Cable company bests Wall Street's expectations thanks to hit shows like "Mad Men" and Dish legal settlement
Hit shows like "Mad Men" and a legal settlement with Dish Networks powered AMC Networks to sterling second quarter earnings results.
The cable company bested Wall Street projections Thursday, posting a 15.8 percent net revenue increase over the year-ago period to $379 million. Second quarter net income was $136 million or $1.87 per diluted share, compared with $41 million or 57 cents per diluted share in the second quarter of 2012.
Analysts had expected the cable company to post profits of 78 cents a share and revenue of $367.2 million.
Of course, AMC's balance sheet got a lift from the $133 million it received during the period as part of a settlement with Dish. That dates back to a legal dispute over claims that Dish breached an affiliate agreement when it stopped airing AMC's Voom HD Network in 2008.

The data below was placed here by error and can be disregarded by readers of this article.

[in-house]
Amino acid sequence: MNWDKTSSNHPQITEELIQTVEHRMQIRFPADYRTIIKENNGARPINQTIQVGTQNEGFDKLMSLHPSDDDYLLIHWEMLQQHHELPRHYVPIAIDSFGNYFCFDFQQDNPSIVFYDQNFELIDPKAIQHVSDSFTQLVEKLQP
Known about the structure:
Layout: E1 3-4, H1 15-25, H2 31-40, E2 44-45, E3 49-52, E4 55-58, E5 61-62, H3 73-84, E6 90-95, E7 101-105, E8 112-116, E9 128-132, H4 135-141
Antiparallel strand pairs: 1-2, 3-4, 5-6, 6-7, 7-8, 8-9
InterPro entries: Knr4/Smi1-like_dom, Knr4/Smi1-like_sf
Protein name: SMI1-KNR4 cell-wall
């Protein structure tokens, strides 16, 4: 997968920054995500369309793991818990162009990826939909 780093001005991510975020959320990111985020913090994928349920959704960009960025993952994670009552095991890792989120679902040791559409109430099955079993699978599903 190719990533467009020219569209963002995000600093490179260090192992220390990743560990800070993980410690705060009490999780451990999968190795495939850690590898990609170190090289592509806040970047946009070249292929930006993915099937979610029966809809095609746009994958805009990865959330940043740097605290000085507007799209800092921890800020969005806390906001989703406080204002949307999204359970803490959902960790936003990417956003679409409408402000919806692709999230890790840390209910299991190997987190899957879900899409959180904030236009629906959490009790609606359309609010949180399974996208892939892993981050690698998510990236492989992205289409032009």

"Our original programming continues to fuel the performance of our networks and underpin the Company's growth," President and Chief Executive Officer Josh Sapan said in a statement.
Indeed, AMC, which also numbers IFC and Sundance Channel among its portfolio of channels, is basking in the critical plaudits as shows like "Mad Men" and "Breaking Bad" resulted in 39 Emmy Award nominations for the company, the most nominations of any basic cable programming group.
The company is in transition, however. "Breaking Bad" begins its final season this weekend and "Mad Men" will wrap up its run next year.
Shares of AMC rose 1.01 percent to $71.87 in pre-market trading.